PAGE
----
Background: Tantalum components have gained popularity for the management of Paprosky type IIIA and IIIB defects during revision total hip arthroplasty. Although the use of antiprotrusio cages solely shows suboptimal results, there are certain defects that still require their use. We hypothesized that combining tantalum augments and an antiprotrusio cage would (1) improve radiographic stability, (2) enhance survivorship, (3) decrease complications, and (4) improve clinical outcomes. Methods: We retrospectively reviewed 20 patients with Paprosky type IIIA or IIIB defects who underwent revision of the acetabular component with a highly porous tantalum augment and an antiprotrusio cage combination. Preoperative and postoperative radiographs, survivorship free from aseptic component revision, and the Harris Hip Score, Western Ontario and McMaster Universities Osteoarthritis Index, and Short Form-36 scores were analyzed. The mean follow-up was 2.8 years. Results: At the most recent follow-up, no antiprotrusio cages had migrated and all tantalum augments had radiographic evidence of osseointegration. In addition, only 2 components were revised for aseptic etiologies and only 1 was loose. Both were revised secondary to failures of the inferior flange of the antiprotrusio cage. All clinical outcome scores significantly improved postoperatively. Finally, the risk of major postoperative complications was noted to be 10%. Conclusions: In summary, a tantalum augment combined with an antiprotrusio cage in Paprosky IIIA and IIIB defects with divergent anatomy not amenable to a hemispherical socket provides a reliable technique to restore the anatomic hip center and prevent superior migration and provides a bony ingrowth surface. Longer term follow-up is required before the technique is widely adapted. Level of Evidence: Level IV, therapeutic studies.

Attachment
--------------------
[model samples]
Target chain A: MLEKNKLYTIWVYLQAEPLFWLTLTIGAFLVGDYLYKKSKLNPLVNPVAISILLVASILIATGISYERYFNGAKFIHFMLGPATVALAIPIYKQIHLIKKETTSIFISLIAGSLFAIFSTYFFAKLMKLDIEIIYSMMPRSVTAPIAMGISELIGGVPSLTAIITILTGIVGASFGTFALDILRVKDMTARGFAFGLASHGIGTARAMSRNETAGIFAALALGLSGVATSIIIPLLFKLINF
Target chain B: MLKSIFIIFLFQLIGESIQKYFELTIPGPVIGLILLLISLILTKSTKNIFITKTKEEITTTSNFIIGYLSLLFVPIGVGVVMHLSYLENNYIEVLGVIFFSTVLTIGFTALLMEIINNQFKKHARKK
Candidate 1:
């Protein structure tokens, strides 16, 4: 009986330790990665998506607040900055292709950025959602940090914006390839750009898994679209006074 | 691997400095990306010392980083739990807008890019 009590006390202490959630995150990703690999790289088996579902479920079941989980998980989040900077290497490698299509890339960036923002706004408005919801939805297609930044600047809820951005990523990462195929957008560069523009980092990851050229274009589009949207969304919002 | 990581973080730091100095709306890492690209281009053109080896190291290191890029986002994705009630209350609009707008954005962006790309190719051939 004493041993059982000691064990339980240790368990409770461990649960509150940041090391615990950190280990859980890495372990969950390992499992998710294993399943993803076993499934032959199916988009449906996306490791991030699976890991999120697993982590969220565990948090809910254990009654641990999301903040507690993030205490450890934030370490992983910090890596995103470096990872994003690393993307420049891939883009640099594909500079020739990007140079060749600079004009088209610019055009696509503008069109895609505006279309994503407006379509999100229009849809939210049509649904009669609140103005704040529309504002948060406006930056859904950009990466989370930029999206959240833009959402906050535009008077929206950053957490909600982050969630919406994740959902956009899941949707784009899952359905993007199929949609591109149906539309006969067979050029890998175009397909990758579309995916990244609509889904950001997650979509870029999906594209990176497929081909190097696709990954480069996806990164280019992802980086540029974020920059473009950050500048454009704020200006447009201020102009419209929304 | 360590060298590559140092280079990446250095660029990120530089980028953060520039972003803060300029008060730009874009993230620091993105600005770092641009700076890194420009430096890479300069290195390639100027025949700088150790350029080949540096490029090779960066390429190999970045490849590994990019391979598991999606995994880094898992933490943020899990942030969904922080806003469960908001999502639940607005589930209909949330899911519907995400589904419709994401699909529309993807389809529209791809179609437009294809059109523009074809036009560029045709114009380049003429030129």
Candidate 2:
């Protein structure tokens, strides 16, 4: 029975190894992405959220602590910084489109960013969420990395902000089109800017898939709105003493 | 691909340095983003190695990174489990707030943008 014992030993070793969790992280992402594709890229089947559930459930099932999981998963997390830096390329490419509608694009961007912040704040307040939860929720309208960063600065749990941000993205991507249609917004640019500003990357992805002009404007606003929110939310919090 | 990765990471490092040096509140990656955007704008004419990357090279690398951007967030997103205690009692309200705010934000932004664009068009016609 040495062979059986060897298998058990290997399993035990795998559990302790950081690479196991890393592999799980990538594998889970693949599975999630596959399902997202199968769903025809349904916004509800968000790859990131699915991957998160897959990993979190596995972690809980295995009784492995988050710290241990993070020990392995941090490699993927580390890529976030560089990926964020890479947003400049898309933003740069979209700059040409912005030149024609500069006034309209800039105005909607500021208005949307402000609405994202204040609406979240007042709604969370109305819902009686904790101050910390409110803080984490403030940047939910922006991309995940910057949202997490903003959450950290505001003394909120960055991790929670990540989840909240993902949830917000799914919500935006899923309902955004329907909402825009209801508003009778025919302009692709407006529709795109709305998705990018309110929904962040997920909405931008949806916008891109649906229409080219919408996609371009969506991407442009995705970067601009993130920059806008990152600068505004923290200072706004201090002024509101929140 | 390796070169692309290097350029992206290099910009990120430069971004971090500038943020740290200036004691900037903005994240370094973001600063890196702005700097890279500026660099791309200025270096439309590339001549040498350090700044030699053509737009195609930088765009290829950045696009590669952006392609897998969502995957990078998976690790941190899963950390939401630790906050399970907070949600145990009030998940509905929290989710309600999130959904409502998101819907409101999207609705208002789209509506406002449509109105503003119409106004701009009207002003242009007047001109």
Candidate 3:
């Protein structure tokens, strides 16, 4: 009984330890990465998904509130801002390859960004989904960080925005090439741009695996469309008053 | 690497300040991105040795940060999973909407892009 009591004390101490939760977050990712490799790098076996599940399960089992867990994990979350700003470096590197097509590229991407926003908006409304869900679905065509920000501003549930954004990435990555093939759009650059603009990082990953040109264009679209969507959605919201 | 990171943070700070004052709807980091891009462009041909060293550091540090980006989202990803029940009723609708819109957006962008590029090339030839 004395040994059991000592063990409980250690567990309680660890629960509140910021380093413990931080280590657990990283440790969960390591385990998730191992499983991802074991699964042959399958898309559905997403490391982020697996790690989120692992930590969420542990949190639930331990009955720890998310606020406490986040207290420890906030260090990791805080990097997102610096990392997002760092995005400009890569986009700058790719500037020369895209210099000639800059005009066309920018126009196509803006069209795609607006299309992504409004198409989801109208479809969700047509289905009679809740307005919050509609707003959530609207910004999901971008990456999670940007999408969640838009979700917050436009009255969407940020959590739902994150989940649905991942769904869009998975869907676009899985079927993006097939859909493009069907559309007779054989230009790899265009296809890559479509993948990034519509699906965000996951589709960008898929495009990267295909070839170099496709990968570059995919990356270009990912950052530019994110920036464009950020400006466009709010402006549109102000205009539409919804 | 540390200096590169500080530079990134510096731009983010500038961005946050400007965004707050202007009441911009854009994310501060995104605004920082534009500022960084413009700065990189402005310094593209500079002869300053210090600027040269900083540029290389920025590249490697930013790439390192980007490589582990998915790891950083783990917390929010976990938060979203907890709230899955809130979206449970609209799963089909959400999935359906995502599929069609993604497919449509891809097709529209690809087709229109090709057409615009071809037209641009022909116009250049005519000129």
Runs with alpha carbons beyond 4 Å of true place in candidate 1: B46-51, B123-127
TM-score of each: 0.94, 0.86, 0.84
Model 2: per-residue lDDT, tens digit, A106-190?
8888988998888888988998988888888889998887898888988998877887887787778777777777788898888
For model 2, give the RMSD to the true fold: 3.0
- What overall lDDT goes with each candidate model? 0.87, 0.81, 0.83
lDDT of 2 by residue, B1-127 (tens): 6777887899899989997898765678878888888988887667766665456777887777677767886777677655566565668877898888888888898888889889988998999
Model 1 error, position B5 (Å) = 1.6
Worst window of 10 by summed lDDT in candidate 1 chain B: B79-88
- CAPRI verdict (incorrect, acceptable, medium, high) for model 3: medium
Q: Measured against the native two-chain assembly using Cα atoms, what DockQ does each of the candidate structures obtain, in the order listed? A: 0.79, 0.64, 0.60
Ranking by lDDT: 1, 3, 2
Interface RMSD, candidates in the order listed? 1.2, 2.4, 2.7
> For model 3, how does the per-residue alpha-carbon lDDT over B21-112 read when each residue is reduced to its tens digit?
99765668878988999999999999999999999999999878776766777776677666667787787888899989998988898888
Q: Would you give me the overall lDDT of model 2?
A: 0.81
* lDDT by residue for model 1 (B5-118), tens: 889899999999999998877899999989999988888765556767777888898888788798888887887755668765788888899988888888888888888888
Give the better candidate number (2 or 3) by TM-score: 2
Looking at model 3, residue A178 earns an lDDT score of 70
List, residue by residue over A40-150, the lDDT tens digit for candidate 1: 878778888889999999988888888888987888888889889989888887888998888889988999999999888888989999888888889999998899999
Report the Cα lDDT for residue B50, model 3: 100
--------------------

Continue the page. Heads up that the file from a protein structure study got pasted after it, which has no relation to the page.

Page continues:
- Acetabular revision
- Antiprotrusio cage
- Paprosky III
- Revision total hip arthroplasty
- Tantalum augments
ASJC Scopus subject areas
- Orthopedics and Sports Medicine